Faster Web Applications with Vue 3

Written by Filip Rakowski

We tend to hear more and more about the upcoming 3rd major release of Vue.js. While not everything is certain yet by following discussions, we can safely assume that it’s going to be a huge improvement over the current version (that is already outstanding). Vue team is doing an amazing job of improving framework APIs. Evan You described goals for Vue 3 as:

  • Make it faster
  • Make it smaller
  • Make it more maintainable
  • Make it easier to target native
  • Make your life easier

And I am sure by looking at RFCs and talks that all of the above goals will be achieved without a problem. In this article, I would like to guide you through some of the changes that seem most interesting to me in terms of their impact and possibilities.

Performance optimization

Before digging into certain APIs, as a performance freak I would like to talk about the performance of Vue 3. And there is a lot to talk about! We can find significant improvements in almost every surface!

Let’s start with the bundle size of Vue 3.

Currently minified and compressed Vue runtime weights around 20kB (22.8kB for current 2.6.10 version). Vue 3 bundle is estimated to weigh around half of it, so only ~10kB!

Global API tree-shaking

Above many other optimizations like better modularization Vue 3 source code will be tree-shakeable. It means that if you don’t use some of its features (like <keep-alive> component or v-show directive) they won’t be included in your production bundle. Currently, no matter what features we use from Vue core they are ending up in our production code because Vue instance is exported as a single object and bundlers can’t detect which properties of this object were used in the code.

 // Vue 2.x - whole `Vue` object is bundled for production 
import Vue from 'vue'

Vue.nextTick(() => {})
const obj =  Vue.observable({})

To make global API tree-shakeable Vue team decided to import the majority of them through named exports so bundlers can detect and remove unused code:

 // Vue 3.x - only imported properties are bundled
import { nextTick, observable } from 'vue'

nextTick(() => {})
const obj = observable({})

This is a breaking change as previously global APIs will now be available only through named exports. This change affects:

  • Vue.nextTick
  • Vue.observable
  • Vue.version
  • Vue.compile (only in full builds)
  • Vue.set (only in 2.x compatibility builds, you’ll find out soon why)
  • Vue.delete (same as above)

It will take some time until we can fully benefit from this feature because It needs to be adopted in the ecosystem. Vue team will release compatibility builds so we should be able to use plugins that use old APIs as well but with a cost of performance impact.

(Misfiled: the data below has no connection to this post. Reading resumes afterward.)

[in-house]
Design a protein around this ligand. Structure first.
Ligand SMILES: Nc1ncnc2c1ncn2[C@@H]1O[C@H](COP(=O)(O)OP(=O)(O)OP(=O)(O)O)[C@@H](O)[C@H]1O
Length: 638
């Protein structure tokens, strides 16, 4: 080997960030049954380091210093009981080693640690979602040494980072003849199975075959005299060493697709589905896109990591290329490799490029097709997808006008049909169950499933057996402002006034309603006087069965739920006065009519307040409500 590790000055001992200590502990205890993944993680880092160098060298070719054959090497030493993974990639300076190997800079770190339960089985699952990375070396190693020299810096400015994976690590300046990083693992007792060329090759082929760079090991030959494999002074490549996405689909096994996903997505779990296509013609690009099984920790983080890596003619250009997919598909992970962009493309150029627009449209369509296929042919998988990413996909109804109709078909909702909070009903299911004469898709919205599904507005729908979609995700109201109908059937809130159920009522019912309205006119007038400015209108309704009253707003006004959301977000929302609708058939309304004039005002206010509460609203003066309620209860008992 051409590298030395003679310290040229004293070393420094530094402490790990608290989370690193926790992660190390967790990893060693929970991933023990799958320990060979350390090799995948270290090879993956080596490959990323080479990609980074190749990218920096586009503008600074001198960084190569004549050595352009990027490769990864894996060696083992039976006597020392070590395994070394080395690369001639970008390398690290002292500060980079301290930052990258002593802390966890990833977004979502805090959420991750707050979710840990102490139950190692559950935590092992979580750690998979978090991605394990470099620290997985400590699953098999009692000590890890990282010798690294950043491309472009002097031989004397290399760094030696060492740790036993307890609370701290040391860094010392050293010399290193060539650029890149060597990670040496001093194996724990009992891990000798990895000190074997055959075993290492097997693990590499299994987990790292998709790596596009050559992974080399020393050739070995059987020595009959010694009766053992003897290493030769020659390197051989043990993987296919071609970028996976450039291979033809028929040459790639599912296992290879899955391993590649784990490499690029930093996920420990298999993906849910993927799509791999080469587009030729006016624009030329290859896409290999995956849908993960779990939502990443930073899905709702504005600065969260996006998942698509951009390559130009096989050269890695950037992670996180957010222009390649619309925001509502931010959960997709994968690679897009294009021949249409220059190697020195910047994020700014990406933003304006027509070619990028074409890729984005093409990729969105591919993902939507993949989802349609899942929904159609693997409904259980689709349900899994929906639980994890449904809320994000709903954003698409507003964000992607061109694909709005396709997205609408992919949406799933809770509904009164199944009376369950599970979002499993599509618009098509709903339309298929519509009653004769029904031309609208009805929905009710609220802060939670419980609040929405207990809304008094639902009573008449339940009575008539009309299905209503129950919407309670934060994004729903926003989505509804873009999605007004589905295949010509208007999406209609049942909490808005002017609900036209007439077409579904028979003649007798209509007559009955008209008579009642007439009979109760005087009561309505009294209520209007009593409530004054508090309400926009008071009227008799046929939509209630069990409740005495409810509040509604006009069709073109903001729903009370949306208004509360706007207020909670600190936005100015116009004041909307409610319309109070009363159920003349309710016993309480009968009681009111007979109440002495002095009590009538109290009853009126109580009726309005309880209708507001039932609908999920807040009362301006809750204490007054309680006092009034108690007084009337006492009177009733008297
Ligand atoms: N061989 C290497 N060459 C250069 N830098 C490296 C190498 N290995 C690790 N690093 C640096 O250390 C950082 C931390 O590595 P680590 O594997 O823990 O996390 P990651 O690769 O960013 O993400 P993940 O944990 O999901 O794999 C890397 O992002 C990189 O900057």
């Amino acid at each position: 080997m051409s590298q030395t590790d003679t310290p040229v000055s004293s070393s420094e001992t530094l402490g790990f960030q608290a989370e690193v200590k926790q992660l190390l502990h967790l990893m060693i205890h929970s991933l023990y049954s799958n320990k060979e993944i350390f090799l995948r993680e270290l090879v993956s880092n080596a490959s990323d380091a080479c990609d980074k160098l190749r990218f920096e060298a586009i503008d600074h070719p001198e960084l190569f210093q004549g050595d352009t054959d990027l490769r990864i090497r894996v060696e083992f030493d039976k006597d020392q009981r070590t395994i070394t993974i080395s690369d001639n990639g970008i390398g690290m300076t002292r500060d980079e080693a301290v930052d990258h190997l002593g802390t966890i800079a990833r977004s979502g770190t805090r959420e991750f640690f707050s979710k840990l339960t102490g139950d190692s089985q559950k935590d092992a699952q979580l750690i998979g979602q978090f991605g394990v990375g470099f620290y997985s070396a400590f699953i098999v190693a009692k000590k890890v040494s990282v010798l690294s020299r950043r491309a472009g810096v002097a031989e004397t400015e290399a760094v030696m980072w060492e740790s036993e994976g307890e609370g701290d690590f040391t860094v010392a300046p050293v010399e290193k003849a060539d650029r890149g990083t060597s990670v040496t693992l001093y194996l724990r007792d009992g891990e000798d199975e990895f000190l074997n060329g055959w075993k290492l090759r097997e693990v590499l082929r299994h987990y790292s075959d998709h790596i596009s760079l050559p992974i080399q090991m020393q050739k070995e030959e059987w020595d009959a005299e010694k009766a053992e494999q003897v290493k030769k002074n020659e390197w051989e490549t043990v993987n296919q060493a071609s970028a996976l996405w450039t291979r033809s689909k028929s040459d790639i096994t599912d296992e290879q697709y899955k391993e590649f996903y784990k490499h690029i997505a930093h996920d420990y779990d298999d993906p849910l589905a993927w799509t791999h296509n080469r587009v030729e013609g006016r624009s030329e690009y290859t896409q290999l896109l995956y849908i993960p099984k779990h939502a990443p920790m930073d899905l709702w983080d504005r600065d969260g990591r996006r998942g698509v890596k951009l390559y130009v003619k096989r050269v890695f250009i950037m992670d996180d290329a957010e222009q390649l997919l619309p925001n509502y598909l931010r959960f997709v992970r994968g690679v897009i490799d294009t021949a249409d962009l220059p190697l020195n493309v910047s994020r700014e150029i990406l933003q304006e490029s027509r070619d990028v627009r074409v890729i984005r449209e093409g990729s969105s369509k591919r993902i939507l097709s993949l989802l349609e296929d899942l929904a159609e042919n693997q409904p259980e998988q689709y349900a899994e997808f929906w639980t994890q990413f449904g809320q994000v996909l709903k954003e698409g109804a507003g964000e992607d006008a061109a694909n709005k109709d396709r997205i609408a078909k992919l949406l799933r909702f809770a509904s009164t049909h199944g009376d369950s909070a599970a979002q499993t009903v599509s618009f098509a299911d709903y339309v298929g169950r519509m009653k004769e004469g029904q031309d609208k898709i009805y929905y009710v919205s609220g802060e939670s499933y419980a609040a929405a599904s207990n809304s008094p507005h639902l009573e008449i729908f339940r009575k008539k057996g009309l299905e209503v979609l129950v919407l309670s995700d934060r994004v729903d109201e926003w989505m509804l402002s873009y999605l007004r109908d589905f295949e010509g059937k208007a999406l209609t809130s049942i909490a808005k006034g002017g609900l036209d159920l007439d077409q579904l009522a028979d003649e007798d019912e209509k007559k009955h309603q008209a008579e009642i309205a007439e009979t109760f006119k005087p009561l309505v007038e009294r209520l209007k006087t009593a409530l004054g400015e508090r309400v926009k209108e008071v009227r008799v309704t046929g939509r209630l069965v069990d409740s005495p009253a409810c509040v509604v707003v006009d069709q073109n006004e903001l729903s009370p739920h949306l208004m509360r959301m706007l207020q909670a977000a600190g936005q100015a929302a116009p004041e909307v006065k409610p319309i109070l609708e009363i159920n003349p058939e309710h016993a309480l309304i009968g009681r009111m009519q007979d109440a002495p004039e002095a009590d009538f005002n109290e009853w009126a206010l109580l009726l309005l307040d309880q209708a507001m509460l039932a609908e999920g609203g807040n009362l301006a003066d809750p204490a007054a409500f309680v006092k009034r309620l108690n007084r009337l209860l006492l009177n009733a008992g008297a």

There is more than JavaScript APIs to be tree-shakeable. Under the hood Vue compiler (the tool that is transforming Vue template to render function) will detect directives used in templates and tree-shake them as well. For example below template:

<transition>
  <div v-show="ok">hello</div>
</transition>

after being processed by Vue compiler will look more or less like this:

import { h, Transition, applyDirectives, vShow } from 'vue'

export function render() {
  return h(Transition, [
    applyDirectives(h('div', 'hello'), this, [vShow, this.ok])
  ])
}

Everyone will benefit from global API tree-shaking (especially our users), but I think people that make small, lightweight websites and use just a subset of Vue functionalities for interactivity as a replacement for libraries like jQuery will value it the most.

Proxy-based reactivity

Bundle size can significantly impact your app loading time, but after being downloaded, it also should render fast and perform smooth.

Vue core team is very aware of that, and this is why we have great improvements in runtime performance as well.

Let’s start with one of the most impactful - new reactivity system based on JavaScript Proxies. The current Vue reactivity system is based on Object.defineProperty, which has some limitations. The most common and frustrating one is the fact that Vue is not able to track property additions/deletions of reactive objects. We needed to use Vue.set and Vue.delete for this purposes to keep the reactivity system working as intended. With JS Proxies we can finally get rid of this ugly workaround.

// Adding a new property to reacitve object in Vue 2.x
Vue.set(this.myObject, key, value) 
// Adding a new property to reactive object in Vue 3
this.myObject[key] = value

The real impact of Proxies can be seen in much faster component initialization and patching. According to tests it’s around 2x faster!

Vue School Prices Will Increase Piggy Bank illustration